First, how much are kids reading? Turns out they're reading less than ever. The reasons? Homework and standardized testing are taking up a lot of their free time. And this has some seriously negative effects. Studies have shown that:
- Kids who are readers do better at school and in life
- Children and teens who read for pleasure on a daily or weekly basis score better on reading tests than infrequent readers
- Frequent readers also score better on writing tests
- Advanced readers accrue personal, professional, and social advantages
- Literary readers are more likely than non-readers to engage in positive civic activities, such as volunteering
- Mythology based fantasy
- Rise of the diary and journal format (Wimpy Kid)
- Urban fiction – street lit
Nalah and the Pink Tiger was written by Anne Sawyer-Aitch, and she also turned the story into a puppet show (interactivity, anyone?). We loved the bold colors and unique look to the illustrations, and the puppets were just icing on the cake for us! We also have a number of other pictures books in the final stages of acquisition.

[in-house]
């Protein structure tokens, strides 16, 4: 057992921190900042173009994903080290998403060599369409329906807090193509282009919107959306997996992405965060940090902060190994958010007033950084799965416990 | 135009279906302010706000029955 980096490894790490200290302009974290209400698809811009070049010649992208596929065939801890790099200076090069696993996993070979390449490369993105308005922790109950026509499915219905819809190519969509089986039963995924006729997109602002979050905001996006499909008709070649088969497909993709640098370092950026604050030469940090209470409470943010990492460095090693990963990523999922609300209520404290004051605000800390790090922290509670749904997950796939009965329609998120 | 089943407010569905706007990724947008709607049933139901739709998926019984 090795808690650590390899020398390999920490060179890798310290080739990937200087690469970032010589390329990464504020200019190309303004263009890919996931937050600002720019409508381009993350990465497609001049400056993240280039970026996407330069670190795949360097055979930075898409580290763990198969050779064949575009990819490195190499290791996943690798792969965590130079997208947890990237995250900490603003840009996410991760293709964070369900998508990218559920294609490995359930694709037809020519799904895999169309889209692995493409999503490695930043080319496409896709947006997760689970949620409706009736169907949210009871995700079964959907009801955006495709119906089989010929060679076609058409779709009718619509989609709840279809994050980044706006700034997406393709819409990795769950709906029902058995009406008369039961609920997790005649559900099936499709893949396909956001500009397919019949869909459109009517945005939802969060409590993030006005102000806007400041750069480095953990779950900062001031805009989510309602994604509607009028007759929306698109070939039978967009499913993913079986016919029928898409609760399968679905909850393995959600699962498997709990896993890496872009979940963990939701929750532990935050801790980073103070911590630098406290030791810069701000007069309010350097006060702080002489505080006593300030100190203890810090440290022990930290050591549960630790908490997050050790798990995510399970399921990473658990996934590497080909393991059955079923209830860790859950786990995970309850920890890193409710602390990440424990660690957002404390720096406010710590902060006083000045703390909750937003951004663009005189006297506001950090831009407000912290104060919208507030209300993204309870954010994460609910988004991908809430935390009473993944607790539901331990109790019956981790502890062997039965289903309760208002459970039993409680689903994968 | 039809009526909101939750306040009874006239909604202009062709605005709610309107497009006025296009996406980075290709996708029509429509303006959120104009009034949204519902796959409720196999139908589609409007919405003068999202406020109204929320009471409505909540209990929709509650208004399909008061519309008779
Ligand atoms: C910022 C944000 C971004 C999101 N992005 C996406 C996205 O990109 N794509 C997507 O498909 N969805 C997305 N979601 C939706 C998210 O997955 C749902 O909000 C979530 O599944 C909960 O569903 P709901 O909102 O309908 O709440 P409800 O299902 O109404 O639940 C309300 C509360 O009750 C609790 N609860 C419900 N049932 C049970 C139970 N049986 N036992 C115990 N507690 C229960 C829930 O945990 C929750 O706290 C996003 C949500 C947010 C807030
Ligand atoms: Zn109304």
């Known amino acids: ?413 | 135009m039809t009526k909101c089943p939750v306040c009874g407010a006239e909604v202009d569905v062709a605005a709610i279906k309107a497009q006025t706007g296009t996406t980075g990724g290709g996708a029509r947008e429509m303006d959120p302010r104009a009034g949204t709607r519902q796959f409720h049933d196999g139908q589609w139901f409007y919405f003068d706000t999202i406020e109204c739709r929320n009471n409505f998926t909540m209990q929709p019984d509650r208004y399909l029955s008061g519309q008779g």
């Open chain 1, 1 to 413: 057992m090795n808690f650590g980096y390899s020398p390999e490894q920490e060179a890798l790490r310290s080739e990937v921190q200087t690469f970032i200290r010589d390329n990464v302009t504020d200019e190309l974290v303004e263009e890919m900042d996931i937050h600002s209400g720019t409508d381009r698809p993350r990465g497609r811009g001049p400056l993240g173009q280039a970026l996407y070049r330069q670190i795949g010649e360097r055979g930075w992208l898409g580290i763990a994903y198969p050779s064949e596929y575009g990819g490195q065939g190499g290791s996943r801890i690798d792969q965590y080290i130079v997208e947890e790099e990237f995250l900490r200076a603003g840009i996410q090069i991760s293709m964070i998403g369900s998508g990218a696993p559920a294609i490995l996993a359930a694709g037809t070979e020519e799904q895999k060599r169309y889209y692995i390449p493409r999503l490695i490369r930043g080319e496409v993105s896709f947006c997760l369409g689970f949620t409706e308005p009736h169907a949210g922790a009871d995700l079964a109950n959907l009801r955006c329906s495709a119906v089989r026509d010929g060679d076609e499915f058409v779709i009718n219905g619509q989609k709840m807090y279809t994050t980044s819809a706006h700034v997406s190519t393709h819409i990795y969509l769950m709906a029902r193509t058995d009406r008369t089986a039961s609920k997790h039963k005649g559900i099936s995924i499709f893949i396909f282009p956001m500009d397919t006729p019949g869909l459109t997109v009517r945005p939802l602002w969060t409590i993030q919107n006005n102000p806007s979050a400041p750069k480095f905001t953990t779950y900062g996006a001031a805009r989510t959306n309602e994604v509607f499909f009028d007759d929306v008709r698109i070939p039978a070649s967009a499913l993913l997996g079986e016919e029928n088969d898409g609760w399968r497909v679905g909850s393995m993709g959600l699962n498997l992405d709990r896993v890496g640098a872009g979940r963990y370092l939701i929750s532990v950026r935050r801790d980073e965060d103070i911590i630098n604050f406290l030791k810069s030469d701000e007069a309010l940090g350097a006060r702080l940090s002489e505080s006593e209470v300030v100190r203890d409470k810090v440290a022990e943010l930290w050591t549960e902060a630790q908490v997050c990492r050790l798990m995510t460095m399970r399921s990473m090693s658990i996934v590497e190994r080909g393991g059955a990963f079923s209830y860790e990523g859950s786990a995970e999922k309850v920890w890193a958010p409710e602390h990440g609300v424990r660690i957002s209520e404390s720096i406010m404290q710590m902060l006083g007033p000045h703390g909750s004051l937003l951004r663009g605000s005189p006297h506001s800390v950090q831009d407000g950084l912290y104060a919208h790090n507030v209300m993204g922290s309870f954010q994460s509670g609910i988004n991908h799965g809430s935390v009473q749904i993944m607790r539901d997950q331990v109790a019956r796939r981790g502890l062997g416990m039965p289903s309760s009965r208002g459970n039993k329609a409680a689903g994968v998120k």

Now that we know what kids like to read, the question becomes: Who is purchasing these books? The answer shouldn't surprise you, it's parents. Mostly moms. But there were some numbers that did surprise us. Did you know that 32% of books purchased in 2009 were from households earning less than $32,000 annually? And 1/5 of those sales were children’s books.
Additionally, 82% of parents wish their kids read more often. What kinds of books do they wish their kids would read more of? More challenging books for younger ages. They have increased expectations for children’s reading capabilities at younger ages.
Lexicon Adventure Series by Pendred Noyce. The first book, Lost in Lexicon, is a story that children loved. They related to the characters, and were lured into thinking about slope, metaphor, and many other cool concepts, all in the midst of treasure hunts and adventure. We're hoping for a similar success with The Ice Castle, which teaches children the math behind music.The final thing we wanted to know was, are parents buying these books in print or as ebooks? And it turns out that even though ebooks are a really big deal, traditional printed books are still selling in the children’s market because younger readers like to trade/share books. Young readers also like to go to the midnight releases to get hardcover books of their favorite authors. Kids like having bookshelves – collections, showing off what they read.